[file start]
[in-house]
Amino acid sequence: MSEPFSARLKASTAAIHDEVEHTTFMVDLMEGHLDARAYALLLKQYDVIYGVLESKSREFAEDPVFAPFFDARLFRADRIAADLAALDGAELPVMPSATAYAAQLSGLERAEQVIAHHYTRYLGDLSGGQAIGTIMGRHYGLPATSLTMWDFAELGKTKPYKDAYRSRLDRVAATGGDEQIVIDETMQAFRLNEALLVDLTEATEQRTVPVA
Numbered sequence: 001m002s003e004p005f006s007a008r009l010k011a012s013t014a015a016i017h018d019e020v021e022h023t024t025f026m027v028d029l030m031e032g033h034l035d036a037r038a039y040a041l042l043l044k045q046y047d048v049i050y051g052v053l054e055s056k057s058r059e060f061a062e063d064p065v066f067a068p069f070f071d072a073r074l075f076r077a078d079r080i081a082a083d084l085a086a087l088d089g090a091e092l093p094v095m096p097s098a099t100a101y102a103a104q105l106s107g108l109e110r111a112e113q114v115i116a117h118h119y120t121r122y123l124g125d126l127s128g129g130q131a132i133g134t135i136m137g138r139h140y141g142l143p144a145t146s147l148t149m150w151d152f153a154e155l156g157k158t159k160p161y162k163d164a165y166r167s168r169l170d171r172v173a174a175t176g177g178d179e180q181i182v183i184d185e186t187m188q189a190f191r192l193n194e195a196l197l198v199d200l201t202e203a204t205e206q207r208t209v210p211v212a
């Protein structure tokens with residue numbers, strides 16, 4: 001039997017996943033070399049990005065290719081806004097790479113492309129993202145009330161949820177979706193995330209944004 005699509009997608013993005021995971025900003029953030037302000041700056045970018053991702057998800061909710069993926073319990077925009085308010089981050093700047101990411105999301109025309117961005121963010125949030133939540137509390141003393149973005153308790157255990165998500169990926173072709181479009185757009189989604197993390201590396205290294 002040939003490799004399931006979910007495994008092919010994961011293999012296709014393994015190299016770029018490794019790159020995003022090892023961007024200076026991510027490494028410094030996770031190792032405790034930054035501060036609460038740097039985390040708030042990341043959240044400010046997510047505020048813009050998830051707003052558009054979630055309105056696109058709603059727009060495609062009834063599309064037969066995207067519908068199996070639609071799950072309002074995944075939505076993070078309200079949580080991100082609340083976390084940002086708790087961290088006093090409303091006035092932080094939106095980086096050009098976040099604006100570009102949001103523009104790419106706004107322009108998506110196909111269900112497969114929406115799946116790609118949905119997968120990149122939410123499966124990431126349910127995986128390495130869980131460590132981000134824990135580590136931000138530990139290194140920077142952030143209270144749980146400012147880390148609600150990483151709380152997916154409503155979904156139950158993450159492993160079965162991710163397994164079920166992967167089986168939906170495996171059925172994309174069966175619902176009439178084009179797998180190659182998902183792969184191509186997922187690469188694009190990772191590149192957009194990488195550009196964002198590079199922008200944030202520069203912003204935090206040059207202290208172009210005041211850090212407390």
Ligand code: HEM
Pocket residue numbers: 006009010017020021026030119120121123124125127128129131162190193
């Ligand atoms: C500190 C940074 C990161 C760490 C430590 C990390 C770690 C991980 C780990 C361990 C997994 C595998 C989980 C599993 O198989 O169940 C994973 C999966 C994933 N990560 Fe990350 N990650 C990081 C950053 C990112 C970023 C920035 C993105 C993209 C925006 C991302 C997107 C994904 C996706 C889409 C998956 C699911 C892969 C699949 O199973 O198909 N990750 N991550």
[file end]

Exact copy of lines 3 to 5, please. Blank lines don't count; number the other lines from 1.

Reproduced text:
Numbered sequence: 001m002s003e004p005f006s007a008r009l010k011a012s013t014a015a016i017h018d019e020v021e022h023t024t025f026m027v028d029l030m031e032g033h034l035d036a037r038a039y040a041l042l043l044k045q046y047d048v049i050y051g052v053l054e055s056k057s058r059e060f061a062e063d064p065v066f067a068p069f070f071d072a073r074l075f076r077a078d079r080i081a082a083d084l085a086a087l088d089g090a091e092l093p094v095m096p097s098a099t100a101y102a103a104q105l106s107g108l109e110r111a112e113q114v115i116a117h118h119y120t121r122y123l124g125d126l127s128g129g130q131a132i133g134t135i136m137g138r139h140y141g142l143p144a145t146s147l148t149m150w151d152f153a154e155l156g157k158t159k160p161y162k163d164a165y166r167s168r169l170d171r172v173a174a175t176g177g178d179e180q181i182v183i184d185e186t187m188q189a190f191r192l193n194e195a196l197l198v199d200l201t202e203a204t205e206q207r208t209v210p211v212a
């Protein structure tokens with residue numbers, strides 16, 4: 001039997017996943033070399049990005065290719081806004097790479113492309129993202145009330161949820177979706193995330209944004 005699509009997608013993005021995971025900003029953030037302000041700056045970018053991702057998800061909710069993926073319990077925009085308010089981050093700047101990411105999301109025309117961005121963010125949030133939540137509390141003393149973005153308790157255990165998500169990926173072709181479009185757009189989604197993390201590396205290294 002040939003490799004399931006979910007495994008092919010994961011293999012296709014393994015190299016770029018490794019790159020995003022090892023961007024200076026991510027490494028410094030996770031190792032405790034930054035501060036609460038740097039985390040708030042990341043959240044400010046997510047505020048813009050998830051707003052558009054979630055309105056696109058709603059727009060495609062009834063599309064037969066995207067519908068199996070639609071799950072309002074995944075939505076993070078309200079949580080991100082609340083976390084940002086708790087961290088006093090409303091006035092932080094939106095980086096050009098976040099604006100570009102949001103523009104790419106706004107322009108998506110196909111269900112497969114929406115799946116790609118949905119997968120990149122939410123499966124990431126349910127995986128390495130869980131460590132981000134824990135580590136931000138530990139290194140920077142952030143209270144749980146400012147880390148609600150990483151709380152997916154409503155979904156139950158993450159492993160079965162991710163397994164079920166992967167089986168939906170495996171059925172994309174069966175619902176009439178084009179797998180190659182998902183792969184191509186997922187690469188694009190990772191590149192957009194990488195550009196964002198590079199922008200944030202520069203912003204935090206040059207202290208172009210005041211850090212407390």
Ligand code: HEM